A Tale of Two T-Shirts / Lesley Sachs

As a girl, my morning routine began by staring in the mirror with dread, sulking as I straightened my school uniform’s collar. The uniform taunted me with its neutrality, its sameness. I wanted to “wear my heart on my sleeve,” to express my own style and personality.

From a runway gown to a graphic t-shirt, fashion choices speak for us before we speak out loud. Here in Israel, I observe daily the array of colorful cotton tees with messages featuring youth movements, social causes and English phrases. Just as Israelis do not shy away from adding their “two shekels” on any issue, they also do not hesitate to wear their opinions “on their sleeves.” So it is no surprise to encounter an assortment of bold statement-shirts amidst the crowd even at the Western Wall.

On Rosh Hodesh Tammuz, Hebrew Union College student and Women of the Wall board member Dana Sharon did not have to say a word. Her bright smile and empowering t-shirt communicated almost as powerfully as her melodious prayer. “Sarah, Rebecca, Rachel, and Leah,” the four matriarchs represented proudly in thick black font. Dana came to pray.

Greeting us in the women’s section were clusters of hundreds of girls and women, presumably to pray as well. This is a prayer site, after all.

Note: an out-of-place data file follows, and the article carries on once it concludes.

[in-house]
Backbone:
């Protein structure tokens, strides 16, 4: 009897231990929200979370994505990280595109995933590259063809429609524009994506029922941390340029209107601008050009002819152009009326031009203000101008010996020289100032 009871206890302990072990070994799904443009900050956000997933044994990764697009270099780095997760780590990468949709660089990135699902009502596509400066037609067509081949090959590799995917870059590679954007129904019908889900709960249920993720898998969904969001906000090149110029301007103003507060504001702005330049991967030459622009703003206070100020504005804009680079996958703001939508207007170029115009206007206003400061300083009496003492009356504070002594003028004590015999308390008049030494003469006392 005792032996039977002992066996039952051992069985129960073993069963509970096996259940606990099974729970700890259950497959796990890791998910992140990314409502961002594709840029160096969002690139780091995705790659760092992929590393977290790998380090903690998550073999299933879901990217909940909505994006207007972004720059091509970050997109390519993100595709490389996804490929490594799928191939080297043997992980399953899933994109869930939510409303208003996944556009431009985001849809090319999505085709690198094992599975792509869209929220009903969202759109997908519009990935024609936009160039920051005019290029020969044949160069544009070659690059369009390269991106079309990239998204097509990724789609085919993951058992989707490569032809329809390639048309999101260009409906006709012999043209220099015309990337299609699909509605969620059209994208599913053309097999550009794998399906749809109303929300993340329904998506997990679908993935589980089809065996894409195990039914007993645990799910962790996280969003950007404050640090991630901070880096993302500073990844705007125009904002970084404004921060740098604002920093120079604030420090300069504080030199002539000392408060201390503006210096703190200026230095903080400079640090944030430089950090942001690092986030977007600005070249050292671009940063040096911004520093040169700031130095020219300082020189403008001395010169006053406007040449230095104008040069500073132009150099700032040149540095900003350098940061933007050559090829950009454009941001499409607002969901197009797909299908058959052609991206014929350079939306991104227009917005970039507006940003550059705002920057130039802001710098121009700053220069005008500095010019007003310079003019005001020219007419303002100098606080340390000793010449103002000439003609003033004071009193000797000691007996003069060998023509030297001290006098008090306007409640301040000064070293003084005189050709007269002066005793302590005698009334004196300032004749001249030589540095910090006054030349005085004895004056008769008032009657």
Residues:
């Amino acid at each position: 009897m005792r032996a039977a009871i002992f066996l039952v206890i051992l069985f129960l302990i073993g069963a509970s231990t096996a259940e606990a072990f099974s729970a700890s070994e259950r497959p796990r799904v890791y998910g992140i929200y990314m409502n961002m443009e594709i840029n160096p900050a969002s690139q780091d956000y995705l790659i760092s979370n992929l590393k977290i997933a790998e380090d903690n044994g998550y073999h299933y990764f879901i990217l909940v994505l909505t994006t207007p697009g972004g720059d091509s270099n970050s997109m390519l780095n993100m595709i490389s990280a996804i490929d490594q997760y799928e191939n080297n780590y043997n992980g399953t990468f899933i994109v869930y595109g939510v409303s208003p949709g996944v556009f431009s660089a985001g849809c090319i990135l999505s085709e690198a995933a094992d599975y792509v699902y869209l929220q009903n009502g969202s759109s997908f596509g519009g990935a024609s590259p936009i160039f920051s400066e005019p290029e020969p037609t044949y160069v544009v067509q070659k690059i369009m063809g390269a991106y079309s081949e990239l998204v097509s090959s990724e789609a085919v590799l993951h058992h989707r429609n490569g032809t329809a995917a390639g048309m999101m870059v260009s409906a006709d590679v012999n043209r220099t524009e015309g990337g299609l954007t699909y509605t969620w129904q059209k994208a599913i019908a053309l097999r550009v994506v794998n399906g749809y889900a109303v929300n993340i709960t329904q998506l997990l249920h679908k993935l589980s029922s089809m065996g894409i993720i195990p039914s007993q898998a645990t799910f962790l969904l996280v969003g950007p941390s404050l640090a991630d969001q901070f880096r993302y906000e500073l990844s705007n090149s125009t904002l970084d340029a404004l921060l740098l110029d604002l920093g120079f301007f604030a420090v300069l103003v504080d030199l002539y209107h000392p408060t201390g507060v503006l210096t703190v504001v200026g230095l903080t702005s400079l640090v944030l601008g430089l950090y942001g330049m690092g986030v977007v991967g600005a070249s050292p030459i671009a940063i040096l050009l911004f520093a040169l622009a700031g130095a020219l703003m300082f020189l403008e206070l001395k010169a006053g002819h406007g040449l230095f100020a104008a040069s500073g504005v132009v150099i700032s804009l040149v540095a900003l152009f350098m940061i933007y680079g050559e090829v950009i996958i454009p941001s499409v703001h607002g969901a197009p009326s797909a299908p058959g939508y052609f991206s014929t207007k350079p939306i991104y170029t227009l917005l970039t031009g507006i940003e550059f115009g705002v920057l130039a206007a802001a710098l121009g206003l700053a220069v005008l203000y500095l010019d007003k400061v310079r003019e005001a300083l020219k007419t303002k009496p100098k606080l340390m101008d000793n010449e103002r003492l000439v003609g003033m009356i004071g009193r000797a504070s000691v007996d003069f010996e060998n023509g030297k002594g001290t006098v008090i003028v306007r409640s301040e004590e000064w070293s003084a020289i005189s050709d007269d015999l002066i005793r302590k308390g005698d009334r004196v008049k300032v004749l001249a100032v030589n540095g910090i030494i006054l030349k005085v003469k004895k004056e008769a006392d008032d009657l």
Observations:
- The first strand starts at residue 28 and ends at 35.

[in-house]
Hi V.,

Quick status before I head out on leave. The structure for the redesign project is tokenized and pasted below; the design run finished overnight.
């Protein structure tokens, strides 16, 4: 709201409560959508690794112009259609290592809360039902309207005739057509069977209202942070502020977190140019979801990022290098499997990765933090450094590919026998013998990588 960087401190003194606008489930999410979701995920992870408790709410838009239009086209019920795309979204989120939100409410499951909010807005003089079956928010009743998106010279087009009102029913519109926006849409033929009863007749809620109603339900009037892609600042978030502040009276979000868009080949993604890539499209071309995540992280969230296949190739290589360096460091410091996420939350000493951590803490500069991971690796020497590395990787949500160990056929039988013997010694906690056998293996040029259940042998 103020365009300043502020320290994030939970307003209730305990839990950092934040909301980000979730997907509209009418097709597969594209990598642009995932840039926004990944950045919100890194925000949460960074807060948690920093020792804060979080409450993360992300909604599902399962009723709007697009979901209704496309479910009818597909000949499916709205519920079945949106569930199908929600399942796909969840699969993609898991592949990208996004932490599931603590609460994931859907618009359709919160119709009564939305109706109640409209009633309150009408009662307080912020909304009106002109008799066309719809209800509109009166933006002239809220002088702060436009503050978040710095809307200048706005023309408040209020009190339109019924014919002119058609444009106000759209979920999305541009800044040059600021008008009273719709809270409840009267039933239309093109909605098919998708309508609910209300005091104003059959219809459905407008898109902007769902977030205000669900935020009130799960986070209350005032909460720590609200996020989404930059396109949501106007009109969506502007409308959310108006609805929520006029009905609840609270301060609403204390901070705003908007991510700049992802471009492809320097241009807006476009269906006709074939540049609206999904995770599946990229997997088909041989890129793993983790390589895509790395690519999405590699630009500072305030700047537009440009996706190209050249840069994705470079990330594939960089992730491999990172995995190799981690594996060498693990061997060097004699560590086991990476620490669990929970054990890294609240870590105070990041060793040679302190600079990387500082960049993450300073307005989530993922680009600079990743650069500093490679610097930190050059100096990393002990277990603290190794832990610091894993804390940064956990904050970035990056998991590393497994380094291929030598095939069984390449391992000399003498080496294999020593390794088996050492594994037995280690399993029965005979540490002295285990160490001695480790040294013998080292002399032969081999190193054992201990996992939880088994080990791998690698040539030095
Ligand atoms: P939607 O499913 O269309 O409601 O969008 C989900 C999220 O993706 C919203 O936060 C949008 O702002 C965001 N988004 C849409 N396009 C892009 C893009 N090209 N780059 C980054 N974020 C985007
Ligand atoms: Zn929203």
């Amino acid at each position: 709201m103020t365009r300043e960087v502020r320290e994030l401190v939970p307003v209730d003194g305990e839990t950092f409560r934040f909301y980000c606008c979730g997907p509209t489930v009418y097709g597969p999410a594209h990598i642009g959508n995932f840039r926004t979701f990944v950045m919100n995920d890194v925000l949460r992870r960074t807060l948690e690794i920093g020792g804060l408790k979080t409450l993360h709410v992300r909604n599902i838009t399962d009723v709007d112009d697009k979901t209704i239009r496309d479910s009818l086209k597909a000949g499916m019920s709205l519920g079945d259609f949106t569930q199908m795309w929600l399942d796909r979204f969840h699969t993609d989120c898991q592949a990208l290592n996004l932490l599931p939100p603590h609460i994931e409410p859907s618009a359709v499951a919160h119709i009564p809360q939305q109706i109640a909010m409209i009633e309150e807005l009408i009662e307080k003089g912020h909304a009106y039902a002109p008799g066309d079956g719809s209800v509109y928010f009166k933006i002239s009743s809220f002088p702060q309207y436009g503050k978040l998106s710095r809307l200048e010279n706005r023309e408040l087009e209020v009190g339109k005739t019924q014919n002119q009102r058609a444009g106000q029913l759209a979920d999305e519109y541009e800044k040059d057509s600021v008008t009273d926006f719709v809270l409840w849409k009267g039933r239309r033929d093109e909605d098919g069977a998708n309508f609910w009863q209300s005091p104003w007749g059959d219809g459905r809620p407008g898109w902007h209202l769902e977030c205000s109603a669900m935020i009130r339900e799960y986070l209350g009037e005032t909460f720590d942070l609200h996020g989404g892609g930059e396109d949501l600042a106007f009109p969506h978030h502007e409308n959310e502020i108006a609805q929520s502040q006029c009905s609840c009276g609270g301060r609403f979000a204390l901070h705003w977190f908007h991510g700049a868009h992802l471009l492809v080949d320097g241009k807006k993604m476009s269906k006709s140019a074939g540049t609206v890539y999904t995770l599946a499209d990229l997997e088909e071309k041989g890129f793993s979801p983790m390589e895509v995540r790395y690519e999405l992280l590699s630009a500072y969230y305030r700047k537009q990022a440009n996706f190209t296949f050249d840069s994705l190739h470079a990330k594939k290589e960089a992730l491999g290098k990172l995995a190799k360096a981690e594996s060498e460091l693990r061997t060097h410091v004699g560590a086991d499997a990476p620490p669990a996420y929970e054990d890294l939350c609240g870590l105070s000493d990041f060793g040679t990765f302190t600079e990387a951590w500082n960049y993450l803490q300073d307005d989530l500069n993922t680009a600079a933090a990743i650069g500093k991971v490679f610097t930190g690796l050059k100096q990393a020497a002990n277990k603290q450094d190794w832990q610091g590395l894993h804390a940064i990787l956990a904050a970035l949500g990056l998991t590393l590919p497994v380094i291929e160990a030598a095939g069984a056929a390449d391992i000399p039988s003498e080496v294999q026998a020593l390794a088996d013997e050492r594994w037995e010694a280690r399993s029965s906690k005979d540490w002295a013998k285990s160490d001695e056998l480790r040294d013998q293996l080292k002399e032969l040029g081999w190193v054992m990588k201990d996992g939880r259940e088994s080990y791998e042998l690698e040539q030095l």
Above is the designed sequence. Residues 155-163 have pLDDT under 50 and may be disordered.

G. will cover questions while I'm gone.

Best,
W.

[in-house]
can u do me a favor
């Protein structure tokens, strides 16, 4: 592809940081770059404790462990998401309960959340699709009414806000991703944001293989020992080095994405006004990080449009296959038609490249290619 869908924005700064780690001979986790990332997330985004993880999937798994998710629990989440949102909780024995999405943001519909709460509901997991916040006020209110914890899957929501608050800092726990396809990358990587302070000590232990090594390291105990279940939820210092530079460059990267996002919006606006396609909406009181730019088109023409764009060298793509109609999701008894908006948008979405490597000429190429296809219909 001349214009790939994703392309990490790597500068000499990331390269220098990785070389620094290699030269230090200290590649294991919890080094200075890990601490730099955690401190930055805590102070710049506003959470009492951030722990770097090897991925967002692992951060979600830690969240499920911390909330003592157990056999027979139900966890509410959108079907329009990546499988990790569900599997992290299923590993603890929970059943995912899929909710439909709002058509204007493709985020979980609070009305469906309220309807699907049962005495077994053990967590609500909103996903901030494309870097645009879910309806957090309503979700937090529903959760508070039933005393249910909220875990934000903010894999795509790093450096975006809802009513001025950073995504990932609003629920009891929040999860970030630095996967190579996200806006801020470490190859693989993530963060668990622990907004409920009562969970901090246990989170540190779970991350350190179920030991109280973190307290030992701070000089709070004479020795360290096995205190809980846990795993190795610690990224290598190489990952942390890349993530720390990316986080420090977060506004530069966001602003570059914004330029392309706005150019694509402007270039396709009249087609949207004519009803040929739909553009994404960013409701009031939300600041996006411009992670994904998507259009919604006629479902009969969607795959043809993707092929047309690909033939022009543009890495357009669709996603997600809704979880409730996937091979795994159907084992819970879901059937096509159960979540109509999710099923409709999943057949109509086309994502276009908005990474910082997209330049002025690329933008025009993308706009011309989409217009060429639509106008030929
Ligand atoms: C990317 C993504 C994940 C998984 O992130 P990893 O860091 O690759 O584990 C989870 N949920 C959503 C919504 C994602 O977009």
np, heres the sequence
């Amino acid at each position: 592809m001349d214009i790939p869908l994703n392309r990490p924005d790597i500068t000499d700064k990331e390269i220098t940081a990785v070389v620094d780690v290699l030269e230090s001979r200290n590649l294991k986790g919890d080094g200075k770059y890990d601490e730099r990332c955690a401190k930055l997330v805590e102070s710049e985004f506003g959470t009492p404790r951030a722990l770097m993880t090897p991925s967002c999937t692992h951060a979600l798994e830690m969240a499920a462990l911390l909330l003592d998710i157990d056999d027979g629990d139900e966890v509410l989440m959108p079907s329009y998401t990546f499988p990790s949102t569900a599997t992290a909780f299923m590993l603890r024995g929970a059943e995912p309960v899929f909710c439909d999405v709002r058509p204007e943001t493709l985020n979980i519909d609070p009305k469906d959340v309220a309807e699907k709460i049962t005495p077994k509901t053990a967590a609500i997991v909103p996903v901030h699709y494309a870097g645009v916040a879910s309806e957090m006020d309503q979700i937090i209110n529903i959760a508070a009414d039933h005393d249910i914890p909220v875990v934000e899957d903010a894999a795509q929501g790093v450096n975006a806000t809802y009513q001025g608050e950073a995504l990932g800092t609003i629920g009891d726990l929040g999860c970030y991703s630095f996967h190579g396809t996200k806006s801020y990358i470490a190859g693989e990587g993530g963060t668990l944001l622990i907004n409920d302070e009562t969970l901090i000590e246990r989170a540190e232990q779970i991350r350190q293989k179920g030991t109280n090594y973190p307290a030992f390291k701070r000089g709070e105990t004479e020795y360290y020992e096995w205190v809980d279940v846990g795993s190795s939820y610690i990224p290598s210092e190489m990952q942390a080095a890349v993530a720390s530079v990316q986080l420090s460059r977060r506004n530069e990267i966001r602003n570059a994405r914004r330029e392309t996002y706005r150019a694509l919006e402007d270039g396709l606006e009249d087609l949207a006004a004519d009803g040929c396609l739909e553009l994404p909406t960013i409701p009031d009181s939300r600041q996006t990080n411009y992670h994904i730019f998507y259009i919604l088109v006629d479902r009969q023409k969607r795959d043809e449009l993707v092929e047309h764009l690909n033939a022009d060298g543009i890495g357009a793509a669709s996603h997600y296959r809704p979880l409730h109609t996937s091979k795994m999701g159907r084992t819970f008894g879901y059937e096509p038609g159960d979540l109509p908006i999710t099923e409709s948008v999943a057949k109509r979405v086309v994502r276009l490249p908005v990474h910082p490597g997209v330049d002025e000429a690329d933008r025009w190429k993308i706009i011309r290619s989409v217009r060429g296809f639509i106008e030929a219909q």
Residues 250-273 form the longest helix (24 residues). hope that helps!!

However, it was not long into our service that the attacks began; vitriol, sprays of water, shrieking, whistling and aggressive pushing were directed at us, disrupting our songs and blessings. And still, these loud, overt gestures — while disturbing — were not the most upsetting element of the opposers’ actions.

What stung the most was communicated nonverbally, via t-shirt. “He who approaches to kill you, kill him first.” The rabbinic injunction regarding self-defense in wartime is not a statement I ever expected to see on a t-shirt, let alone one worn by a young schoolgirl at the Western Wall. I reread the blue font to confirm I had indeed read correctly; sure enough, there was a group of girls in these and other offensive t-shirts. They came to protest, to intimidate.

What WOW is facing is not merely a handful of extreme naysayers. What greets us monthly are organized attacks against our right to pray freely — as Jews, as women, and as Jewish women.

This past Rosh Hodesh, Tammuz Women of the Wall held our services on both days instead of our usual practice to daven together only on the second day. Where as the first day, when we were not expected was low key quiet with no obstruction, Thursday, Day 2, was mayhem. Overnight, the same site was palpably transformed, virtually unrecognizable in tenor from one day to the next.

The difference was the presence of organized opposition, with masses of religious schoolchildren brought as a “field trip” to protest women at prayer. Bearing hateful banners and sporting t-shirts whose slogans scream as their wearers try to silence our melodies, they shove their way into our group and glare at us with disdain.

Because we have come to pray.

Each time we face the Western Wall as a group of proud, strong, vocal Jewish women, we bring with us the spiritual legacies of Sarah, Rebecca, Rachel, and Leah, emboldened by their fierce tenacity and resilience. We come to pray, and we let the words of tefillah speak for us, in our trademark style.

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